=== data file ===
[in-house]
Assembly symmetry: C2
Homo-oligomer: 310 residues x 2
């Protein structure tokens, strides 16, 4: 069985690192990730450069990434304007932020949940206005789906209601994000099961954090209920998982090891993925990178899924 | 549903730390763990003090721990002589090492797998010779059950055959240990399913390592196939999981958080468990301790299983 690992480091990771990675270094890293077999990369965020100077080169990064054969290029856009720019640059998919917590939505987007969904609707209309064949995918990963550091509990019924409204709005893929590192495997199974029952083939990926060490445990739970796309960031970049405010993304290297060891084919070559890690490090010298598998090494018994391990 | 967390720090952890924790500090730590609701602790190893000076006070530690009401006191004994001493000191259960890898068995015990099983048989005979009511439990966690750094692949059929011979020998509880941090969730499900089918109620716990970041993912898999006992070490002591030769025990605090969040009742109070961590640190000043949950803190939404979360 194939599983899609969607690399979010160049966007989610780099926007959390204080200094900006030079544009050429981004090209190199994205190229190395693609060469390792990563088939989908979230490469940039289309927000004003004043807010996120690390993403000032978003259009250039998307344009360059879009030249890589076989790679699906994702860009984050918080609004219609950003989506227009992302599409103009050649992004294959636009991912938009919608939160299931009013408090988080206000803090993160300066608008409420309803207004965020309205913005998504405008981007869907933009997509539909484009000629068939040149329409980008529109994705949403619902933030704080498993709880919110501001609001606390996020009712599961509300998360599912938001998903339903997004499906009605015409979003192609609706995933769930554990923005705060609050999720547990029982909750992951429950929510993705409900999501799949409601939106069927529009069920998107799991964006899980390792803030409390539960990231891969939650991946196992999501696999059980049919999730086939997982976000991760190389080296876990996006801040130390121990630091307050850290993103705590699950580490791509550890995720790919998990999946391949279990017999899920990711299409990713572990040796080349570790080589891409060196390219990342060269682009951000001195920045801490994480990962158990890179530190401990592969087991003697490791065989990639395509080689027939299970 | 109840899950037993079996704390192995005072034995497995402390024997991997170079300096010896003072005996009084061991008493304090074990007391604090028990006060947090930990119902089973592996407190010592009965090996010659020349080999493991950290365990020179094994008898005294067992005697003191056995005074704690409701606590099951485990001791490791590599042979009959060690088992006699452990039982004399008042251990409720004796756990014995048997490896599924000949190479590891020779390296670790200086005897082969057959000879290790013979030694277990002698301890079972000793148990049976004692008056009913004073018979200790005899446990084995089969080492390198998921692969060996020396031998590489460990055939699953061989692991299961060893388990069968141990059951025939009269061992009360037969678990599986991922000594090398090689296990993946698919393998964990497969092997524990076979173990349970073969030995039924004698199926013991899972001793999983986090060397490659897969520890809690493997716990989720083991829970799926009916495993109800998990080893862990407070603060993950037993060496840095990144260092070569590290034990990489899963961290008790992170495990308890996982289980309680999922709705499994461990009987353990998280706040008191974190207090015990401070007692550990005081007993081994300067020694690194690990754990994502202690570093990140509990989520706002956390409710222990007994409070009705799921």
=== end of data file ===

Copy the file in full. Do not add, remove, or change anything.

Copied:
[in-house]
Assembly symmetry: C2
Homo-oligomer: 310 residues x 2
């Protein structure tokens, strides 16, 4: 069985690192990730450069990434304007932020949940206005789906209601994000099961954090209920998982090891993925990178899924 | 549903730390763990003090721990002589090492797998010779059950055959240990399913390592196939999981958080468990301790299983 690992480091990771990675270094890293077999990369965020100077080169990064054969290029856009720019640059998919917590939505987007969904609707209309064949995918990963550091509990019924409204709005893929590192495997199974029952083939990926060490445990739970796309960031970049405010993304290297060891084919070559890690490090010298598998090494018994391990 | 967390720090952890924790500090730590609701602790190893000076006070530690009401006191004994001493000191259960890898068995015990099983048989005979009511439990966690750094692949059929011979020998509880941090969730499900089918109620716990970041993912898999006992070490002591030769025990605090969040009742109070961590640190000043949950803190939404979360 194939599983899609969607690399979010160049966007989610780099926007959390204080200094900006030079544009050429981004090209190199994205190229190395693609060469390792990563088939989908979230490469940039289309927000004003004043807010996120690390993403000032978003259009250039998307344009360059879009030249890589076989790679699906994702860009984050918080609004219609950003989506227009992302599409103009050649992004294959636009991912938009919608939160299931009013408090988080206000803090993160300066608008409420309803207004965020309205913005998504405008981007869907933009997509539909484009000629068939040149329409980008529109994705949403619902933030704080498993709880919110501001609001606390996020009712599961509300998360599912938001998903339903997004499906009605015409979003192609609706995933769930554990923005705060609050999720547990029982909750992951429950929510993705409900999501799949409601939106069927529009069920998107799991964006899980390792803030409390539960990231891969939650991946196992999501696999059980049919999730086939997982976000991760190389080296876990996006801040130390121990630091307050850290993103705590699950580490791509550890995720790919998990999946391949279990017999899920990711299409990713572990040796080349570790080589891409060196390219990342060269682009951000001195920045801490994480990962158990890179530190401990592969087991003697490791065989990639395509080689027939299970 | 109840899950037993079996704390192995005072034995497995402390024997991997170079300096010896003072005996009084061991008493304090074990007391604090028990006060947090930990119902089973592996407190010592009965090996010659020349080999493991950290365990020179094994008898005294067992005697003191056995005074704690409701606590099951485990001791490791590599042979009959060690088992006699452990039982004399008042251990409720004796756990014995048997490896599924000949190479590891020779390296670790200086005897082969057959000879290790013979030694277990002698301890079972000793148990049976004692008056009913004073018979200790005899446990084995089969080492390198998921692969060996020396031998590489460990055939699953061989692991299961060893388990069968141990059951025939009269061992009360037969678990599986991922000594090398090689296990993946698919393998964990497969092997524990076979173990349970073969030995039924004698199926013991899972001793999983986090060397490659897969520890809690493997716990989720083991829970799926009916495993109800998990080893862990407070603060993950037993060496840095990144260092070569590290034990990489899963961290008790992170495990308890996982289980309680999922709705499994461990009987353990998280706040008191974190207090015990401070007692550990005081007993081994300067020694690194690990754990994502202690570093990140509990989520706002956390409710222990007994409070009705799921």